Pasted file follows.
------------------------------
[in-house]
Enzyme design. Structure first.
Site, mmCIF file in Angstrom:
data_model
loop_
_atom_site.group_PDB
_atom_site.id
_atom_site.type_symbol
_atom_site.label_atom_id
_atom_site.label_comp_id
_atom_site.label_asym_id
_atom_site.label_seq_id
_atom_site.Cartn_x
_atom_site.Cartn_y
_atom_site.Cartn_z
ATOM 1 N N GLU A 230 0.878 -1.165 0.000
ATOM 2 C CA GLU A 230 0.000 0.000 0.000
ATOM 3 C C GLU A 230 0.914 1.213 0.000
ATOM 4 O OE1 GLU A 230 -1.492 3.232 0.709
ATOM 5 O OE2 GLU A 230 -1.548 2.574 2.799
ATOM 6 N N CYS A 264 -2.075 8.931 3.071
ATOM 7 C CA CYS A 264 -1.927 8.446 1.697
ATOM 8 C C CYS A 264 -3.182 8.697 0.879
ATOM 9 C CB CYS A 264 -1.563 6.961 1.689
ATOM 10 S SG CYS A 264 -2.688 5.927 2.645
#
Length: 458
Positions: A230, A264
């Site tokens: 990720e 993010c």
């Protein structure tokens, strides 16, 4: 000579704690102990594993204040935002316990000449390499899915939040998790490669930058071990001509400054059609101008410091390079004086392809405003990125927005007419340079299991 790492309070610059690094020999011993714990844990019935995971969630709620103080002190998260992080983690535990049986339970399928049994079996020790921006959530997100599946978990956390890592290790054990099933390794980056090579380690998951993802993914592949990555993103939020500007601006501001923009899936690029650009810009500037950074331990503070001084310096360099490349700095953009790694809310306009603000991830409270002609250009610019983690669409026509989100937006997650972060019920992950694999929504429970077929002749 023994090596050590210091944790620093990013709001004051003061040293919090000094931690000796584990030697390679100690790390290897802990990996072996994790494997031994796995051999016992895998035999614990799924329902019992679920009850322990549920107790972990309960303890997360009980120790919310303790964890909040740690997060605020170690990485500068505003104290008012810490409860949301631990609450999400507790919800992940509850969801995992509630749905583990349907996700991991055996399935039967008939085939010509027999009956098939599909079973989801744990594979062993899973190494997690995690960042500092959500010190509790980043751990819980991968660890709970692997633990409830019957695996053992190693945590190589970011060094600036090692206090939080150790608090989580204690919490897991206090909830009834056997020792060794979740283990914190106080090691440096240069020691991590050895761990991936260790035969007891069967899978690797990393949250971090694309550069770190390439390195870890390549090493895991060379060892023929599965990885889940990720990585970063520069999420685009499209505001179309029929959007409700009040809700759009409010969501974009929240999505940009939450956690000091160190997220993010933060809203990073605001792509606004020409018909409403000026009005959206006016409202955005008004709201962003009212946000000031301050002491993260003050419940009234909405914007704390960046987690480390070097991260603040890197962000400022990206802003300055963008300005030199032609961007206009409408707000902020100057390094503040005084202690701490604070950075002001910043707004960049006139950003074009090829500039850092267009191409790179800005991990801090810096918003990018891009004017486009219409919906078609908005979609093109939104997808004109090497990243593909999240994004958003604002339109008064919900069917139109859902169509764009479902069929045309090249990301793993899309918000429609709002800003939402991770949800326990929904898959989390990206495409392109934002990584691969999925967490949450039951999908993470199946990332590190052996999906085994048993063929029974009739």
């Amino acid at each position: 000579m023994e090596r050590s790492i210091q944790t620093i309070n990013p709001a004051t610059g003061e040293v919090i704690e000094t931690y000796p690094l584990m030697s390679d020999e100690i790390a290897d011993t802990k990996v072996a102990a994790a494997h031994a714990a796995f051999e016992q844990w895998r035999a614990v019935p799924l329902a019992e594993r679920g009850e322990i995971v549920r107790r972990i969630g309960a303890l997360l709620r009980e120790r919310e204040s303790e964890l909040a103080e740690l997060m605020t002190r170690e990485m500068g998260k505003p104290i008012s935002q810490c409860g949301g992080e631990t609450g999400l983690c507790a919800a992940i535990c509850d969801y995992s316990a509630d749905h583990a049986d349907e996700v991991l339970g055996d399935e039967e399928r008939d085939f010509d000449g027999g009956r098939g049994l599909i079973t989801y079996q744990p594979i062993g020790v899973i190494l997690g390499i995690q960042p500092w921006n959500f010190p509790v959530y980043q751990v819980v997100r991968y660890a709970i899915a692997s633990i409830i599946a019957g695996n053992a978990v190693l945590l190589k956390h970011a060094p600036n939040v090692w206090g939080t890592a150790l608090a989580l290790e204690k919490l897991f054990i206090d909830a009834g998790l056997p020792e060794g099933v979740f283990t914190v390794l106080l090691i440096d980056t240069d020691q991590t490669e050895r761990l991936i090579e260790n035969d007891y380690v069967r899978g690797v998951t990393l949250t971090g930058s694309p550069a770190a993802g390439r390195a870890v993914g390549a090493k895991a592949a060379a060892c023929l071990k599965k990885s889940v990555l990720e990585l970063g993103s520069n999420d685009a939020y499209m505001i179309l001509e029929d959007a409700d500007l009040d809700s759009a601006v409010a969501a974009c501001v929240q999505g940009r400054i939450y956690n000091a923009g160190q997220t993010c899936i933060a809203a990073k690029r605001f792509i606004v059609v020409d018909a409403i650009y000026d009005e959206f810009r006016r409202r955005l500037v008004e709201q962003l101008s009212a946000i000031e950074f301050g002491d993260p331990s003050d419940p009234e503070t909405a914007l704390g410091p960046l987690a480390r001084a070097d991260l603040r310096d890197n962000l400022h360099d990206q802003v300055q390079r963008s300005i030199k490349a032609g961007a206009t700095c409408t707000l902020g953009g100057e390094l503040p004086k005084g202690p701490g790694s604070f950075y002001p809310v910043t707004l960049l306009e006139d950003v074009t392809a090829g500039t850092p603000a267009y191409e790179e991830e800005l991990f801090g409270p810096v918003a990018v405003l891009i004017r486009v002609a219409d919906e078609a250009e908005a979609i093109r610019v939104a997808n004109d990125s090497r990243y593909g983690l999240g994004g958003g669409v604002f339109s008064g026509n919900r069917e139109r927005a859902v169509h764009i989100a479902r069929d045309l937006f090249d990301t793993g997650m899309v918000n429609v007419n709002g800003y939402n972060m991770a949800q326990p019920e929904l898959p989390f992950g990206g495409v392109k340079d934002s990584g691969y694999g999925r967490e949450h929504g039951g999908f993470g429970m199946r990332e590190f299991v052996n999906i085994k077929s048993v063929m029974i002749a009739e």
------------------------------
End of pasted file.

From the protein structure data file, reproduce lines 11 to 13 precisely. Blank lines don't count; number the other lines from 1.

_atom_site.label_asym_id
_atom_site.label_seq_id
_atom_site.Cartn_x